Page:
Hartford Remembers Former Mayor Carrie Saxon Perry

Perry was the first black woman elected mayor of a major New England city.

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Leaders and residents in Hartford gathered Wednesday to honor former Mayor Carrie Saxon Perry.

Perry passed away at 87 years old in late 2018, but her death went unreported until just a few months ago.

Virtually none of the people who attended Wednesday’s memorial knew Perry passed away when she did, but she left a larger than life impact in City Hall, so they decided that it was only right for the city to come together and honor her.

 “So mayor, I hope you’ll forgive us today, but you have earned this and so much more,” said Shawn Wooden, Connecticut state treasurer.

It was a celebration may believe the Capital City’s 63rd mayor would have never allowed, but the community thought it was important to remember her.

Perry was the first black woman elected mayor of a major New England city. She served three terms from 1987 to 1993.

“I think so many of us thought it was important to come together as a community to honor, remember and celebrate a life of a woman who gave so much to this city,” Mayor Luke Bronin said.

Colorful hats dotted the North End celebration, a nod to Perry’s signature headpieces. Cheryl Timmons Opesso met Perry as a community organizer in the 1960s.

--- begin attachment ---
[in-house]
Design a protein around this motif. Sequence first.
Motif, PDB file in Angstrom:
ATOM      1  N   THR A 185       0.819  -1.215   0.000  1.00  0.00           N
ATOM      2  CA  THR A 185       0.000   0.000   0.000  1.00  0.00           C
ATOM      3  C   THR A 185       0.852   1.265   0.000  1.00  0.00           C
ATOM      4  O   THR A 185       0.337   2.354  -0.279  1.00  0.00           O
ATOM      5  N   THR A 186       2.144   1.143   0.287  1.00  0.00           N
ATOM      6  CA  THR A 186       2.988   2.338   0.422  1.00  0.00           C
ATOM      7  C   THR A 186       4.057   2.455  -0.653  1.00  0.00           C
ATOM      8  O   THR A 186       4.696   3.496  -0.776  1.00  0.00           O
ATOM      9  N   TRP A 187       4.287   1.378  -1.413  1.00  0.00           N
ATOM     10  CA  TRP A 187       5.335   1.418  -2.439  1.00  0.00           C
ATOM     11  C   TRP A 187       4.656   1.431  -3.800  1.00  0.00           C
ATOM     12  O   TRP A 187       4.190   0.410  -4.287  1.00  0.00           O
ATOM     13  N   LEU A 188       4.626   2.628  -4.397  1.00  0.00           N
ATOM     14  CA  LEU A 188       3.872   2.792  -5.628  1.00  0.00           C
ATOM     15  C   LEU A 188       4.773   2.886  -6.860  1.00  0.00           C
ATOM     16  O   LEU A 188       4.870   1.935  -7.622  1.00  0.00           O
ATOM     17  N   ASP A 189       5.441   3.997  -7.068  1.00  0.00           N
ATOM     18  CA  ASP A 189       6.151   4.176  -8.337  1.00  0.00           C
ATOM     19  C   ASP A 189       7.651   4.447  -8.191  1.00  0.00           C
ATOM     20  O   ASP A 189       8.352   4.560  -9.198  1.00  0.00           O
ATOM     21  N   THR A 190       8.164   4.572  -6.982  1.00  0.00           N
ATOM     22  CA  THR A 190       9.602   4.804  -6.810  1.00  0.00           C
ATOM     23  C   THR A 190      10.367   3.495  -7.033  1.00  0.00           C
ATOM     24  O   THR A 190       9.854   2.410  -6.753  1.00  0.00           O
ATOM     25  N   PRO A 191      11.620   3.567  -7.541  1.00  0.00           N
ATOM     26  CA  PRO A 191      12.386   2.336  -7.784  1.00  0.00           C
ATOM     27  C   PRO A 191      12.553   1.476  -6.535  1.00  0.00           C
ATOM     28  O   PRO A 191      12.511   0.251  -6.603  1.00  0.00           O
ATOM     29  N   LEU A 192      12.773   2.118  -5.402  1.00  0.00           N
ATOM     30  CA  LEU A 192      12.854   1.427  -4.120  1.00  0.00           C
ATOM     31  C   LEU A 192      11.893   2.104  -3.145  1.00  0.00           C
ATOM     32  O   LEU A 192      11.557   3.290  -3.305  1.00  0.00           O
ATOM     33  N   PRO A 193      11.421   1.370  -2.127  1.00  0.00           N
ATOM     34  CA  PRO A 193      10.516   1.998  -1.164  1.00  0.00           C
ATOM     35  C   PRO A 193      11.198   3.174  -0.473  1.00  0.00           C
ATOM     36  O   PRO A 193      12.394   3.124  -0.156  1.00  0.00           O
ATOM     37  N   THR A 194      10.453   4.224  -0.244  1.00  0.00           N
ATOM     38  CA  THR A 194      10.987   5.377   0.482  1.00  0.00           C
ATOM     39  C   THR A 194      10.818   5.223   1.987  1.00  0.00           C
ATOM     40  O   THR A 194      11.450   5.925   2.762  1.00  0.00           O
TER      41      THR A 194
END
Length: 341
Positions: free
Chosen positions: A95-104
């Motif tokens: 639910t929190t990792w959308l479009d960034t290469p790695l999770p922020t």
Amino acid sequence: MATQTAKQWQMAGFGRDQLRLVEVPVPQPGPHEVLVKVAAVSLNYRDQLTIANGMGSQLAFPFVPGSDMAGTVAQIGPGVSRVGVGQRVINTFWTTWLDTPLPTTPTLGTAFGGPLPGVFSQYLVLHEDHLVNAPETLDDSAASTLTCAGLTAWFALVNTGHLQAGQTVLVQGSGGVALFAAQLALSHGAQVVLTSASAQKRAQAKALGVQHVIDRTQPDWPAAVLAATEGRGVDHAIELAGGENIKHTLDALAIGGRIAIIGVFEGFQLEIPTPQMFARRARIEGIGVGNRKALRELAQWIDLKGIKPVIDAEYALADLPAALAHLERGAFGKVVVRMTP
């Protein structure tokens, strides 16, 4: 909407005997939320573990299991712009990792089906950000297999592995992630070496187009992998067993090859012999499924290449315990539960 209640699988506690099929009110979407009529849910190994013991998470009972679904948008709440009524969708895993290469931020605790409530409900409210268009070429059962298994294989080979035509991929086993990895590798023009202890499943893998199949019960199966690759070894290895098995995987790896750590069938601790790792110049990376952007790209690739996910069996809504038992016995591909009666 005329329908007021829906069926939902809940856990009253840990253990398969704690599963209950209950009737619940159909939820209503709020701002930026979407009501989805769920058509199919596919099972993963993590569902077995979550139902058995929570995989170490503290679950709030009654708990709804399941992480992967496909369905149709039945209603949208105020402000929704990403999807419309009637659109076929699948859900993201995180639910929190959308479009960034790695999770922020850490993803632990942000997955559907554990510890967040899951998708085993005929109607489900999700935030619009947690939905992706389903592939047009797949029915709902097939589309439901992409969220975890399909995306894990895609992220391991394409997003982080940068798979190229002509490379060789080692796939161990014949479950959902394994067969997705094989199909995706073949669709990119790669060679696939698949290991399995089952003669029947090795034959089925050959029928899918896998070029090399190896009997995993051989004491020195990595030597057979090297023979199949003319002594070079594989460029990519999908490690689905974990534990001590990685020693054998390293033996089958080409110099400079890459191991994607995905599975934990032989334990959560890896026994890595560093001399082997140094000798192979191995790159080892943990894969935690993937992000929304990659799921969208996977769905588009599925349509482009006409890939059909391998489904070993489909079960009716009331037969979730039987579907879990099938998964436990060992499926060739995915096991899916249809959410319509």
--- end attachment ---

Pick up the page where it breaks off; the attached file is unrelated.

“She loved her hats.  You didn’t see her without a hat on her head,” Opesso recalled. “Oh God she was awesome.  As a mayor she was there for the people.”

Former NBC Connecticut reporter Lew Brown remembers covering Perry, but knew her first coming up in Hartford’s Bellevue Square.

“Class … C L A S S.  Intelligence and an understanding about politics,” Brown recalled.

Perry was remembered as an outspoken barrier-breaker, who in life also helped birth a new generation of leaders in her hometown.

“I thank God for Mayor Perry… for inspiring the people around her,” Sen. Douglas McCroy (D – Hartford) said.

“The mayor’s legacy is not just about the barriers she broke, but It’s about the bridges that she built,” Wooden commented.

Bronin echoed the sentiment of many memorial guests that he wants to work in some kind of permanent remembrance of Perry in the city in the near future.

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